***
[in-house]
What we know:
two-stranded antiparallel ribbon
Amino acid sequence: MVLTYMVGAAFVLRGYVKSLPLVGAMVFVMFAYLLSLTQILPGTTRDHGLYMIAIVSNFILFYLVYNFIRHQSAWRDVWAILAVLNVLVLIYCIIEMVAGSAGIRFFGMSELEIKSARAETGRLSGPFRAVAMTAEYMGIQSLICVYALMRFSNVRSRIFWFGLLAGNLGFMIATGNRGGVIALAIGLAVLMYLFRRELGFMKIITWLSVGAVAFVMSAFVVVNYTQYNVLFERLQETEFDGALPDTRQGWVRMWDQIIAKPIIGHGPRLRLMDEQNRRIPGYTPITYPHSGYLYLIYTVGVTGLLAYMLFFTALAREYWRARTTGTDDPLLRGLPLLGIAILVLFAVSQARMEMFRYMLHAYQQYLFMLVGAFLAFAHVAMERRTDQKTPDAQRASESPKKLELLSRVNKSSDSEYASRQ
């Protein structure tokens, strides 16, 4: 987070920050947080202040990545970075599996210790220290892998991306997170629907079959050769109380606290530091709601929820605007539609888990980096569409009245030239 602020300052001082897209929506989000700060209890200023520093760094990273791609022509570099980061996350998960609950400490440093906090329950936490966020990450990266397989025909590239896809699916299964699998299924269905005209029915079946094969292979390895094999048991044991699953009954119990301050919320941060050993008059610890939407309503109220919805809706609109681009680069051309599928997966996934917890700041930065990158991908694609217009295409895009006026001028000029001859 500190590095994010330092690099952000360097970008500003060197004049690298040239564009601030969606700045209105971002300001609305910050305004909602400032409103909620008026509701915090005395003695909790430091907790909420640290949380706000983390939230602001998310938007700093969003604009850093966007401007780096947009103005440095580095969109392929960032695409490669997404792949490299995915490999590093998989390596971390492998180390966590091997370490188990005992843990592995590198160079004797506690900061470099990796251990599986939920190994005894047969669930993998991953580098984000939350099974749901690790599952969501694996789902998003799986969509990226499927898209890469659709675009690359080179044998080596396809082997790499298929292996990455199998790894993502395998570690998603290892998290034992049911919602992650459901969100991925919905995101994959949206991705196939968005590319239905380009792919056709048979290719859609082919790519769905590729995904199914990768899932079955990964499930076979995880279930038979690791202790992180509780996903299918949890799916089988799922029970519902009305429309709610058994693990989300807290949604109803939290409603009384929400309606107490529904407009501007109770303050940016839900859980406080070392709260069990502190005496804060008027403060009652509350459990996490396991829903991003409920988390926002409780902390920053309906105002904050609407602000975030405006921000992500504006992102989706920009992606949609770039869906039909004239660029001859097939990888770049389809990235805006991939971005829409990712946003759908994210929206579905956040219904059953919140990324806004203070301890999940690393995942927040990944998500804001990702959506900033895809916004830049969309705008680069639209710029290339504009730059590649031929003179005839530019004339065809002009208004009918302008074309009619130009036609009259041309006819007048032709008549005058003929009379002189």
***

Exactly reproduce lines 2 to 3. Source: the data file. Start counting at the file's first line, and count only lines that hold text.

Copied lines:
What we know:
two-stranded antiparallel ribbon